On 1st February, in his 2018 Union Budget speech, Finance Minister Arun Jaitley declared that the government of India would not recognize cryptocurrency as legal tender. However, he added that India will explore the potential of blockchain in governance. And so, it did. Niti Aayog, the government’s think tank, was put to the task of studying the use-cases of blockchain technology and developing viable prototypes. It is currently working on what could be the world’s largest implementation of blockchain in governance- IndiaChain.
Before we dive into the functions and potential impact of IndiaChain, let’s understand what blockchain really is. Blockchain is generally associated with cryptocurrencies. In fact, cryptocurrencies merely use the blockchain technology as a medium to record transactions. Simply speaking, blockchain is to cryptocurrency, what the internet is to email. Blockchain is a decentralized digital ledger maintained by a network of computers, which are called nodes. Think of it as a large record book shared between many people. What makes it secure is that no data can be modified by any single person without everyone agreeing to the modification. Also, since the record is not stored in one centralized location, tampering of blockchain records is virtually impossible. The technology also offers unparalleled transparency and the ability to verify transactions by all members of the network.
The development of IndiaChain, which is in its early stages, could have a transformative impact in various sectors of governance. It will be linked to IndiaStack, a set of code developed around the country’s unique identity project, Aadhaar. Let’s take a look at some of the implications of IndiaChain.
In its first phase, IndiaChain aims to address the problems facing India’s agriculture sector pertaining to land records, electricity distribution, soil data etc. The government is also currently working on creating a digital map of soil health of agricultural land in India. This will digitize all the information about the quality of land, what crops are grown, what kind of fertilizers are optimal, etc. The technology will also be implemented further down in the supply chain, which will enable the tracking and tagging of crops once they reach the market.
India has come up with game changing innovations in the payments sector. India’s UPI, united payments interface, allows zero-cost instant bank transfers between bank accounts and has proven to be a big success. The software’s API has been used by technology giants to release their own remittance applications. IndiaChain is expected to follow a similar path that will see the government develop a few initial applications before allowing tech companies to build upon these applications. By enabling peer-to-peer payments, IndiaChain could go on to create a truly decentralized sharing economy. Another step forward in this area is the development of Bank Chain by a consortium of Indian and International banks, which will redefine processes such as KYC, contract management, loans, payments and international remittances.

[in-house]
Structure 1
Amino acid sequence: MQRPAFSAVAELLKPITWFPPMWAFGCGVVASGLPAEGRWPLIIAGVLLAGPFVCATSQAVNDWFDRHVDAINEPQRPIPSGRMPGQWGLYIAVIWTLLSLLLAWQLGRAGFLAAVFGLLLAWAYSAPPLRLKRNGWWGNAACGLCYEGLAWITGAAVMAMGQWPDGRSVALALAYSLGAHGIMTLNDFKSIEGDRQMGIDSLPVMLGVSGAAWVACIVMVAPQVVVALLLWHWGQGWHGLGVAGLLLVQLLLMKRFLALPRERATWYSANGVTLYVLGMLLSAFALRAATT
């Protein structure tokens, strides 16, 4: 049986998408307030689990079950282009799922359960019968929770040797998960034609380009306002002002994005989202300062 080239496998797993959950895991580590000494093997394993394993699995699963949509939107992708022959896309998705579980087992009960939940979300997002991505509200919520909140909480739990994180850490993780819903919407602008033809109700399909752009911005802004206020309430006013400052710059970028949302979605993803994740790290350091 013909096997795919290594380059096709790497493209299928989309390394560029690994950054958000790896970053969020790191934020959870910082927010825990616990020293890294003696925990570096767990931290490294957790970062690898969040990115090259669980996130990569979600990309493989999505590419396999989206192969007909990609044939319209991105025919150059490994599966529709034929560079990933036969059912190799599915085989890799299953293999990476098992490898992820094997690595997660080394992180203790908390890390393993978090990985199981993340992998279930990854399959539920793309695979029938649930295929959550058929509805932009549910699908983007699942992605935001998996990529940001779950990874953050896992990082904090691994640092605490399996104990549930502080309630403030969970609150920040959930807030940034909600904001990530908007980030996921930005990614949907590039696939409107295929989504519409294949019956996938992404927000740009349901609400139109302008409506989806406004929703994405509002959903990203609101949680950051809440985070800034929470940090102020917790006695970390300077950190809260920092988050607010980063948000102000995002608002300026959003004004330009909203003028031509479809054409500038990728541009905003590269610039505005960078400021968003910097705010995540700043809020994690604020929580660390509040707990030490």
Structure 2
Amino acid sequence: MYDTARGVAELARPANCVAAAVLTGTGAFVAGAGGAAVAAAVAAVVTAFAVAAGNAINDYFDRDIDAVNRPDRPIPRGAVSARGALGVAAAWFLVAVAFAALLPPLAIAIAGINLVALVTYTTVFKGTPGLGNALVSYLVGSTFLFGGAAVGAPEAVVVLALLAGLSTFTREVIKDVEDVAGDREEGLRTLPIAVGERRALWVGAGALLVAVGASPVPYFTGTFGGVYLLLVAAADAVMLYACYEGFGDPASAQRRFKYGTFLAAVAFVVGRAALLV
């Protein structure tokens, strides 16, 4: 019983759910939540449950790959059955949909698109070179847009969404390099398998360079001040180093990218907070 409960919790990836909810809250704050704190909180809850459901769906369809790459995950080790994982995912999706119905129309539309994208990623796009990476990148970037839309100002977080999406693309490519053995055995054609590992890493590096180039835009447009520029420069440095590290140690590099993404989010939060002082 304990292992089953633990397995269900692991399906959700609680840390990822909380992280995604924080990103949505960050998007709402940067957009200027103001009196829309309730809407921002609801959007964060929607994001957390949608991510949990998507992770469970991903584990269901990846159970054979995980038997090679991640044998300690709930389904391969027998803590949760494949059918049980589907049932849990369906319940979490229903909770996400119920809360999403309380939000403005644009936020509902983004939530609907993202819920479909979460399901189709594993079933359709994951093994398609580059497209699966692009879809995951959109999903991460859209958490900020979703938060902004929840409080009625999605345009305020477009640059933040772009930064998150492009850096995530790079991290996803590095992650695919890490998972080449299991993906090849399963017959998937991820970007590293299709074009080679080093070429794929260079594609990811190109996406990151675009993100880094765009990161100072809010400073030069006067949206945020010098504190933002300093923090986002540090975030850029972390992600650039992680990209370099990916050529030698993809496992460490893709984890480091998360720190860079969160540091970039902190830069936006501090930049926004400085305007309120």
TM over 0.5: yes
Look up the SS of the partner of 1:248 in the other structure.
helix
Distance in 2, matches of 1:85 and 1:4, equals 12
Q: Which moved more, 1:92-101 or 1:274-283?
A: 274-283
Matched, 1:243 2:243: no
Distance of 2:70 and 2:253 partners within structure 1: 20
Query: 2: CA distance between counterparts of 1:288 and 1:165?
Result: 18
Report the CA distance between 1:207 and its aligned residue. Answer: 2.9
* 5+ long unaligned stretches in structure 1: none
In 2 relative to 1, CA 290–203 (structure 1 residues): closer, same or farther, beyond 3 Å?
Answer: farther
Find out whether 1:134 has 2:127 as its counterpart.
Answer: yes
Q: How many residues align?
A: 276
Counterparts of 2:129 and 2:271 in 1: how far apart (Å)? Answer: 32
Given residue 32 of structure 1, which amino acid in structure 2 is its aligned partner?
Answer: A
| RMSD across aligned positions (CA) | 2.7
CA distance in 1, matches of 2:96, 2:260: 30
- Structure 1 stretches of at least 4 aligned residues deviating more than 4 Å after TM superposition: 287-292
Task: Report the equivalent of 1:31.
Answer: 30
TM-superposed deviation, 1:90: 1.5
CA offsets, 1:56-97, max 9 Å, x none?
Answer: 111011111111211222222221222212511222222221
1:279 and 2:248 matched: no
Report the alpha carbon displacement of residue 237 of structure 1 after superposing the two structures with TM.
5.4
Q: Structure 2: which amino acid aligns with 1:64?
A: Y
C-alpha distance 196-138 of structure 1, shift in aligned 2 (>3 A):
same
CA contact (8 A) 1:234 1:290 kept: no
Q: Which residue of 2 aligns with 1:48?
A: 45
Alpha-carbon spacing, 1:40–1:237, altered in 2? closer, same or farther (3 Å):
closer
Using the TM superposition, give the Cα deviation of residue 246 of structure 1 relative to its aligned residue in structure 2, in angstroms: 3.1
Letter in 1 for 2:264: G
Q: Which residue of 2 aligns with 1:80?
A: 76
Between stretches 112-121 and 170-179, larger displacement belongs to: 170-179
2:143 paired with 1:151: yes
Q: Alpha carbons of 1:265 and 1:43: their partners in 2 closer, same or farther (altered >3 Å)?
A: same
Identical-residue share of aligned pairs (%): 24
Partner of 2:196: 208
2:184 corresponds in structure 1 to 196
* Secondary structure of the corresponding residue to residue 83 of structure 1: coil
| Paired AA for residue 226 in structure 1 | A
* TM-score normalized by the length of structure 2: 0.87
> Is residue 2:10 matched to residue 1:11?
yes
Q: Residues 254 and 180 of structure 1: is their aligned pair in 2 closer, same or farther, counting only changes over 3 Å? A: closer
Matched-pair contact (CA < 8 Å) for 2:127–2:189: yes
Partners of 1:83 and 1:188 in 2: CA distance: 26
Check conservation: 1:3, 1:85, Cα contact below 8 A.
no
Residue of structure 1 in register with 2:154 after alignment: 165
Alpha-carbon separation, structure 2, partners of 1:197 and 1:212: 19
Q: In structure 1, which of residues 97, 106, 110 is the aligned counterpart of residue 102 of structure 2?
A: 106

In subsequent phases of IndiaChain, the government plans to make the electoral process completely transparent and accessible to the public. IndiaChain is also being developed to issue digital certificates for universities and schools, which will minimize the cases of forging and duplication of data. The technology is also expected to re-imagine public records pertaining to land and real estate. Blockchain can also be used for managing documents and evidence for the courts in the country.
The management of health records is another use case that is being explored in some Indian states. One day, patient records on IndiaChain, can be easily accessed by doctors and hospitals on the network. Patients will not have to create a new file every time they visit a new medical care provider. This could reduce medical costs and delays in treatment.
While blockchain technology may not be the only way to implement some of these cases, it certainly offers one of the most secure platforms to do so. We may not see some of these results immediately, but India sure seems to be on the right track to usher in a new era of governance that is backed by speed, transparency and security.
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